This site uses cookies to improve your experience and to provide services and advertising. By continuing to browse, you agree to the use of cookies described in our Cookies Policy. You may change your settings at any time but this may impact on the functionality of the site. To learn more see our Cookies Policy.
OK
Dublin: 8 °C Thursday 17 October, 2019
Advertisement

Divorce referendum expected to be held November 2018

Currently, couples must have lived apart for four years out of the preceding five before they can initiate divorce proceedings.

Image: Shutterstock/krivinis

Updated 5pm

MEMBERS OF THE PUBLIC could be casting their vote in another referendum on divorce in November 2018.

The government accepted Fine Gael’s Josepha Madigan’s proposal to reduce the waiting time for a divorce from four years to two.

The change will require a constitutional referendum.

Currently, couples must have lived apart for four years out of the preceding five before they can initiate divorce proceedings.

Madigan’s Bill will reduce the period of time to two years out of the previous three.

Speaking to TheJournal.ie, she said:

“It is going to go to a referendum, the Taoiseach has said to me, he hopes in November 2018. I would be really delighted with that. Obviously, I would like it before that but there are a lot of other referendums to get through, so I am delighted.”

However, speaking to reporters today the Taoiseach would not be drawn on a specific date for the referendum.

“We haven’t set a date for the referendum yet, but one of the items going before Cabinet in the next number of weeks is a memo setting out the schedule for referenda to take place over the next couple of years.

“I think it would make sense now to set indicative dates so that a government can work towards those dates. The one most likely to come next is the 8th amendment, but of course there are others in the pipeline,” he said.

The latest figures on divorce rates in Ireland show that they have returned to pre-economic downturn levels.

At a time when austerity measures were enforced, jobs were lost and incomes reduced, divorce rates dropped on a similar scale: in 2009, there was a reduction in applications of over 12% (3,693 applications) and again in 2010 (3,357 applications) before bottoming out in 2011.

But the number of couples applying for divorce has been rising slowly since – reaching their highest level this century in 2015 at 4,290 applications. Those numbers dropped slightly in 2016 to 4,162, but are expected to rise again this year.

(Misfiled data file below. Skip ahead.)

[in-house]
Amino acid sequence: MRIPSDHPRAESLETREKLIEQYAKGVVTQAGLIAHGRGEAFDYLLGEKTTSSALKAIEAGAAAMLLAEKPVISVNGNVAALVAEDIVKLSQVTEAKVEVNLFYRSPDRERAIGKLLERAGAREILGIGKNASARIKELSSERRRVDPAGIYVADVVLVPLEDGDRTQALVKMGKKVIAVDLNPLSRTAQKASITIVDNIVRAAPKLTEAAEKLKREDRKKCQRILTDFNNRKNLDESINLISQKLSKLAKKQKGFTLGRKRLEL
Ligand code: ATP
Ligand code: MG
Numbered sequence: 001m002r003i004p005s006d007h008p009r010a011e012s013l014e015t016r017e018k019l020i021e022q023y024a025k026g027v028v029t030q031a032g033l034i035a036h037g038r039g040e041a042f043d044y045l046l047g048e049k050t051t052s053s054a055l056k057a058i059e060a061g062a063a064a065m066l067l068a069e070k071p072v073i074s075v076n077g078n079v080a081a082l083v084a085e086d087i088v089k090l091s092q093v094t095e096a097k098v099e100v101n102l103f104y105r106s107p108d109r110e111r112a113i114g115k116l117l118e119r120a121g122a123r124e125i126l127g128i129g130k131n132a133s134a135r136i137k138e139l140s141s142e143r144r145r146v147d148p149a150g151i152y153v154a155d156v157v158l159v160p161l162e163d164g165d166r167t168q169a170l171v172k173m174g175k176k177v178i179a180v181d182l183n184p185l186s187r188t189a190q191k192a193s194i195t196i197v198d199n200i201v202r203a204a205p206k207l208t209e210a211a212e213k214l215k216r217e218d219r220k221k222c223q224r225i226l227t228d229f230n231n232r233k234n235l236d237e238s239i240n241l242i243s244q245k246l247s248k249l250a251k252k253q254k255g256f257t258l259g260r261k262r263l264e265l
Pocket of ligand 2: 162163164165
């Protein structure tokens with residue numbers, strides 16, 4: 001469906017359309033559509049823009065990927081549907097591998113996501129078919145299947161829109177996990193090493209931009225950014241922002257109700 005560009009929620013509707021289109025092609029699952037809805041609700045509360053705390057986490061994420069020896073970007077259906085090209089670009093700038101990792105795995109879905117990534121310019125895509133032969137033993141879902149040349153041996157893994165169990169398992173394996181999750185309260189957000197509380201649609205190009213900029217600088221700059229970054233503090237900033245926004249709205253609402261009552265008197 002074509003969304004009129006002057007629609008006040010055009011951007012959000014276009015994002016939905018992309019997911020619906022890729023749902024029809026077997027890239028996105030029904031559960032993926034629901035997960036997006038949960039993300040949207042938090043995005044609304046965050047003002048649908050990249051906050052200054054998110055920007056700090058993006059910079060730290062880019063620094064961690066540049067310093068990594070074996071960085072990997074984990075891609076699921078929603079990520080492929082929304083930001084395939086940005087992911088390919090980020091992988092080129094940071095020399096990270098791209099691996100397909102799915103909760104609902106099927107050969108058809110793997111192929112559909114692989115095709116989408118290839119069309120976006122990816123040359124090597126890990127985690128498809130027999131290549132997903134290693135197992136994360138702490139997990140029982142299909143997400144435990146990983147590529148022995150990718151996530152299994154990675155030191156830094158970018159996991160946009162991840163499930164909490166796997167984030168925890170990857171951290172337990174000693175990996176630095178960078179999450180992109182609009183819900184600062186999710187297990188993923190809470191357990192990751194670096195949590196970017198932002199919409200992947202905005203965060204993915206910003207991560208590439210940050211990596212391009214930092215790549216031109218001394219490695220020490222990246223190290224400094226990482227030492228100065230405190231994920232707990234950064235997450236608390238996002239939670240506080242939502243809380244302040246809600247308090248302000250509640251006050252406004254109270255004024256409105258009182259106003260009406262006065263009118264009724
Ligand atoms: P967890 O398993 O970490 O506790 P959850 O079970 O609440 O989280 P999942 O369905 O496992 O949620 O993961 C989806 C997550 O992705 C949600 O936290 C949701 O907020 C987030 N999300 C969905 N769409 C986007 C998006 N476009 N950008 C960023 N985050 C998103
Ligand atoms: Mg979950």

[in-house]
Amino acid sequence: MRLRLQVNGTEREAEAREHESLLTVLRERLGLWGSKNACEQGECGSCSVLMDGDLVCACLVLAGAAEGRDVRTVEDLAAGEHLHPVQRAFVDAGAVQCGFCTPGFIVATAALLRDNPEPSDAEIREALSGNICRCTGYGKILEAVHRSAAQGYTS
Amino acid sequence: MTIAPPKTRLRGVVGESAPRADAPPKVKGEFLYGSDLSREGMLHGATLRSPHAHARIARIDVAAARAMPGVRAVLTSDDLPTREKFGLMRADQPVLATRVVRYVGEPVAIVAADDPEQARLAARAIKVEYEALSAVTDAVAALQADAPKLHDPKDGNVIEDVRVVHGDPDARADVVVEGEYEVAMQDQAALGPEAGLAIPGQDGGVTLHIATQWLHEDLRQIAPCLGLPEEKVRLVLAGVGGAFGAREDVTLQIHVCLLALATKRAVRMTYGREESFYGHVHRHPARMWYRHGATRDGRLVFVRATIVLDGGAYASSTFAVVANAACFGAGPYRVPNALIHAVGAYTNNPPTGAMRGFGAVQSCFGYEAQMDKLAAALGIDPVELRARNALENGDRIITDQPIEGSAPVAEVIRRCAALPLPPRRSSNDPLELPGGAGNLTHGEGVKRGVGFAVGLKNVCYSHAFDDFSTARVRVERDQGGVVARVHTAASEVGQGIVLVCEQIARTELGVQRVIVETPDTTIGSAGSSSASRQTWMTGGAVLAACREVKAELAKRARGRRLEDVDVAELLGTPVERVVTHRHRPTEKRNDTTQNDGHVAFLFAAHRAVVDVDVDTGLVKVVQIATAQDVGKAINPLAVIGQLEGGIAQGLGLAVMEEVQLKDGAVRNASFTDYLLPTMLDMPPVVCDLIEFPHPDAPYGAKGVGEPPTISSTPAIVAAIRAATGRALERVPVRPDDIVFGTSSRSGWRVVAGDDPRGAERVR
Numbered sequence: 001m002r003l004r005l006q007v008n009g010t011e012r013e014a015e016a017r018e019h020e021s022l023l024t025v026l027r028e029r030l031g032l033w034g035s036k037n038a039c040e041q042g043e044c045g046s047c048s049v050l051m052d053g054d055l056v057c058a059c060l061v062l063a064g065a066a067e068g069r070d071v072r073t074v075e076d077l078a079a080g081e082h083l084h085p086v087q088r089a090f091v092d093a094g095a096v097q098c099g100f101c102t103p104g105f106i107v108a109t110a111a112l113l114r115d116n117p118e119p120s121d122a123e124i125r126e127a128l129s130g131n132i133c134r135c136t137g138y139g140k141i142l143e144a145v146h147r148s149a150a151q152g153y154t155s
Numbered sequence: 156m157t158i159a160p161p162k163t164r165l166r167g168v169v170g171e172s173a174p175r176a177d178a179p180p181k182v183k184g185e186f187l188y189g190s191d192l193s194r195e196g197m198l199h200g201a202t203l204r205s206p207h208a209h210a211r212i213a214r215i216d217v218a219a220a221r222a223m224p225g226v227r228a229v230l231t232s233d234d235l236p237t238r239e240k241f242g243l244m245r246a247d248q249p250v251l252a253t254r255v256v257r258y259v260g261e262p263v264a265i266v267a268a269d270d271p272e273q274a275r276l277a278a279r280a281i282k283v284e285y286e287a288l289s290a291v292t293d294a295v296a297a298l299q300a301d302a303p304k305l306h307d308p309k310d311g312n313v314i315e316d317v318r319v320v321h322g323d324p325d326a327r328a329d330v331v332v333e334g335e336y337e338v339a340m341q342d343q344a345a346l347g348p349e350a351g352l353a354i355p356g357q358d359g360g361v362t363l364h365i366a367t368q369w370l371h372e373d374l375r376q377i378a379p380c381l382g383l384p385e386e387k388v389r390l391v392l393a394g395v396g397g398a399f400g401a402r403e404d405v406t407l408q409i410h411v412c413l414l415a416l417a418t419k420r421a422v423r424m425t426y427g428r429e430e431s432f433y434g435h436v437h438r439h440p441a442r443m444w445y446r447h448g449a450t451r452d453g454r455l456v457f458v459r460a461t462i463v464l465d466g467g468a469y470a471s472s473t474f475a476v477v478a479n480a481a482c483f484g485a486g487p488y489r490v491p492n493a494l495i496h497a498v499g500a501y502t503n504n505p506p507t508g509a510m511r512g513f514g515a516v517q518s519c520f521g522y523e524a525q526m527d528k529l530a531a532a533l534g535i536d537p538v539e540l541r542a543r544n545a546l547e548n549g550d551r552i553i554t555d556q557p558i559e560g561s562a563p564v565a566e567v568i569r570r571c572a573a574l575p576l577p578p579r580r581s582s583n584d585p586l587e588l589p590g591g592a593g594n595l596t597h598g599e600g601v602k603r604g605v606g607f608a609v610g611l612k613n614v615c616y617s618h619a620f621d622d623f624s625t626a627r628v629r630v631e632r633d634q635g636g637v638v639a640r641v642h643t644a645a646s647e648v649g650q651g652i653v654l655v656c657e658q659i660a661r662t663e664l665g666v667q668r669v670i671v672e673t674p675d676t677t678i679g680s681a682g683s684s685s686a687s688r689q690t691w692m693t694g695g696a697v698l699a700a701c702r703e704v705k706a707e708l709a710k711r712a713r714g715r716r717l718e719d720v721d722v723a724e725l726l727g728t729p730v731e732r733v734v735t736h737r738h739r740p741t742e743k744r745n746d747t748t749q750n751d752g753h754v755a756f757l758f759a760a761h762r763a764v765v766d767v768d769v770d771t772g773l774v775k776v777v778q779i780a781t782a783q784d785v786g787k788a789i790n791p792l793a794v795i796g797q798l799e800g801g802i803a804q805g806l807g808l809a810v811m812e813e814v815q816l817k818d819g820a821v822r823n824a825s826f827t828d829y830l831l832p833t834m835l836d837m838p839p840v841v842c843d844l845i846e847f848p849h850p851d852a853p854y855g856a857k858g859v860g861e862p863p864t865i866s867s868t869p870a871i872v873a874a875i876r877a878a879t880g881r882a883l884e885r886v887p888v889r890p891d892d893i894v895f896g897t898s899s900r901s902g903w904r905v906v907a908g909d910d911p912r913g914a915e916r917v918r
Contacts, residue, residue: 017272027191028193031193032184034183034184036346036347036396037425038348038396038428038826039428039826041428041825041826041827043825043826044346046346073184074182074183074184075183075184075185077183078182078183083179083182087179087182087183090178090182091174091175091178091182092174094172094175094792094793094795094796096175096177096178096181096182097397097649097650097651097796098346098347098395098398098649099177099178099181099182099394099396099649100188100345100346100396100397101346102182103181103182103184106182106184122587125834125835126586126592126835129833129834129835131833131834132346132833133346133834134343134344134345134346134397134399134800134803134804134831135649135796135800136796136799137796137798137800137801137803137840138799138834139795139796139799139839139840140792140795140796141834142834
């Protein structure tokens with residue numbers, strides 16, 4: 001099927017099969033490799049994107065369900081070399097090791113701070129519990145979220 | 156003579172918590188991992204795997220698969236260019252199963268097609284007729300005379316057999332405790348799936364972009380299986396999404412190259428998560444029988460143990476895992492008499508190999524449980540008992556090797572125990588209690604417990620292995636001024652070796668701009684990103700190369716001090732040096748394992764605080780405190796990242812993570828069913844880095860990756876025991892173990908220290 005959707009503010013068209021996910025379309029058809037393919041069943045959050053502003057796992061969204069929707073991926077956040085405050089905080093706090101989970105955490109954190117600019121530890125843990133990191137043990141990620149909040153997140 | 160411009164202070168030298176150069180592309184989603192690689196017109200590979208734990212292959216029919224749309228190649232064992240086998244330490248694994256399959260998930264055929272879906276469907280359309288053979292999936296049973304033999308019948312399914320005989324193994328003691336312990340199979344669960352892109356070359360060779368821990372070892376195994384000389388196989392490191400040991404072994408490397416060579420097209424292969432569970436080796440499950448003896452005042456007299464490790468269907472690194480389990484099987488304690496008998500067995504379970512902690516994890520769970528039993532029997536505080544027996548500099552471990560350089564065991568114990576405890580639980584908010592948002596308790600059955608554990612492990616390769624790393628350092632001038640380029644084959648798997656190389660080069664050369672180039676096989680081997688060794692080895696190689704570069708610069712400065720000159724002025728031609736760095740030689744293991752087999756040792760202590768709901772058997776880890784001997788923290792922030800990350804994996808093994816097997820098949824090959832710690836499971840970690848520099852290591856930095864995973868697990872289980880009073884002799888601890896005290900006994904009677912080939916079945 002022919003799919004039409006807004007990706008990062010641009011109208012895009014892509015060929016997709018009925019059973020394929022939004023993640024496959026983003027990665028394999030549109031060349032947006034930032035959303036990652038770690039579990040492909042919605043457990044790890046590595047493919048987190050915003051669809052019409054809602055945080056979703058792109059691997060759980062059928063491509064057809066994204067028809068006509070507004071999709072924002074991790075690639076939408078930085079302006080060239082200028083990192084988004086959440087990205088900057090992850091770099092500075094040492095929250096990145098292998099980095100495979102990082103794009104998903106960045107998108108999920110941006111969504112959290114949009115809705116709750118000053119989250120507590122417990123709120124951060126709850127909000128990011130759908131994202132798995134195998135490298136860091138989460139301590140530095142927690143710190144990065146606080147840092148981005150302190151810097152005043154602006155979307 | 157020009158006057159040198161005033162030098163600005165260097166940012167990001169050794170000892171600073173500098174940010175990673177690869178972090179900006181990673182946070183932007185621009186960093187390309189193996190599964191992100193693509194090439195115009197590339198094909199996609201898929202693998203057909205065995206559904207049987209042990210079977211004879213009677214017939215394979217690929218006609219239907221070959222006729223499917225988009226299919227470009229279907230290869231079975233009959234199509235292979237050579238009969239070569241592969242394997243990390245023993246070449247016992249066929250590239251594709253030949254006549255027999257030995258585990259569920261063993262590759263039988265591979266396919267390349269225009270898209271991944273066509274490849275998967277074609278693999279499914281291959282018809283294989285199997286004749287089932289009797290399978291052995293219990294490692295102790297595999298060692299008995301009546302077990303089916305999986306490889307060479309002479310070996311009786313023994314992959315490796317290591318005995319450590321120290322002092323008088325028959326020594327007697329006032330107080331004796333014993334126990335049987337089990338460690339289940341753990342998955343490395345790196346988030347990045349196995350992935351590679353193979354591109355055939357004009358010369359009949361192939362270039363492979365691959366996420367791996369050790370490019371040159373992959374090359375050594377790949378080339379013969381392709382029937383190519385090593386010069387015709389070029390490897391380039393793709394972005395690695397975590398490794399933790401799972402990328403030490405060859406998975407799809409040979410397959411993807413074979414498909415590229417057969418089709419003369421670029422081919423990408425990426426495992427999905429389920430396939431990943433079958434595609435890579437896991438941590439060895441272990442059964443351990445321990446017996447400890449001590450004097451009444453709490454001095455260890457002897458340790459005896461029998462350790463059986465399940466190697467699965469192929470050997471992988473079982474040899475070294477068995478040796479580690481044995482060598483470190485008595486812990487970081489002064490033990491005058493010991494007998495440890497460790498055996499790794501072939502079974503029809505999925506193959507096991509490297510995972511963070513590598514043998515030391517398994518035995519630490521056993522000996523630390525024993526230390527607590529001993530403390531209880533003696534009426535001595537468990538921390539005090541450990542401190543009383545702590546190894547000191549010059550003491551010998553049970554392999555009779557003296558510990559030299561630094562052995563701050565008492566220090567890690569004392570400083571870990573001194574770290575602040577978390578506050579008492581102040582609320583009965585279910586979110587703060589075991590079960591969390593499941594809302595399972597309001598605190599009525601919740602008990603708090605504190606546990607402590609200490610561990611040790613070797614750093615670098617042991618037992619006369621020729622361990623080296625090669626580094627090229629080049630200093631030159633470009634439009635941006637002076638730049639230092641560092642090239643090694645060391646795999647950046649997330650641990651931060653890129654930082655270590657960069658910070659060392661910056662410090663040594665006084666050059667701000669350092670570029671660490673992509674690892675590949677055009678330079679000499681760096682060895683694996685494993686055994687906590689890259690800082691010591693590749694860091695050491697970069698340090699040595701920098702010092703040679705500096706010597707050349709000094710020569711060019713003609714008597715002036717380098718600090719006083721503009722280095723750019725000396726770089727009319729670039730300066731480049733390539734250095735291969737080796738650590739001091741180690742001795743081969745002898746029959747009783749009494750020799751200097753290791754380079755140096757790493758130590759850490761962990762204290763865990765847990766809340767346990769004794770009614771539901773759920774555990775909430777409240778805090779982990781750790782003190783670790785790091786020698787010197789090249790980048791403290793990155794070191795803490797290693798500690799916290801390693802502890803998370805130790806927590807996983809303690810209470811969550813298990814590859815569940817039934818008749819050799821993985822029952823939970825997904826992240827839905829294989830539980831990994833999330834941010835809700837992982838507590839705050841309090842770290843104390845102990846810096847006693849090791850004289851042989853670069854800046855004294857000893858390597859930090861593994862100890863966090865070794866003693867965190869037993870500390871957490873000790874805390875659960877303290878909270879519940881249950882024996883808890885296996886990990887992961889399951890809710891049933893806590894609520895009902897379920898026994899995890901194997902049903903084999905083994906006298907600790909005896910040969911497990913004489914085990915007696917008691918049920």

Rising divorce rates are usually a positive indicator: they suggest that individuals are financially stable and have adequate access to solicitors and State supports to leave their spouses.

As a practicing solicitor for the last 20 years, Madigan said she has seen countless couples in the last decade unable to move out of the home they share together due to having no money.

“We used to call them from soul-mates to cell-mates, because they were effectively stuck together. Now it seems the divorce rate has actually gone up because people have a little more spending money, maybe one of the spouses can afford to rent,” she said.

The Programme for Government pledges to hold a number of referendums on a variety of topics. However, no specific timetable had been set out.

Taoiseach Leo Varadkar told reporters over the summer he has a few timelines in mind as to when citizens will be asked to go to the polls.

It’s looking like people will have their say on a number of questions next summer, as well as later in the year – with another set of referenda likely in 2019.

“The windows that we have in mind are around June/July next year, another set in November at the same time as the presidential election and then another set in May or June 2019 at the same time as the local and European elections,” said Varadkar.

Varadkar told the media today that it’s not yet known if a number of referendums will be held on the same day. Previously, the Taoiseach had said he was not opposed to having a “referendum day”.

“That’s not set out out, that’s not decided yet. I think there’s a common view talking to people that because the issue of the Eighth Amendment is going to require such level of debate, such discussion and such sensitivity that it might be wiser to have that one on its own, but other issues I think could be paired up as they have in the past,” he said.

Recession’s toll on divorce rates ends as applications return to 2008 levels>

Read: You’ll be voting in quite a few referendums over the next two years>

  • Share on Facebook
  • Email this article
  •  

Read next:

COMMENTS (61)

This is YOUR comments community. Stay civil, stay constructive, stay on topic. Please familiarise yourself with our comments policy here before taking part.
write a comment

    Leave a commentcancel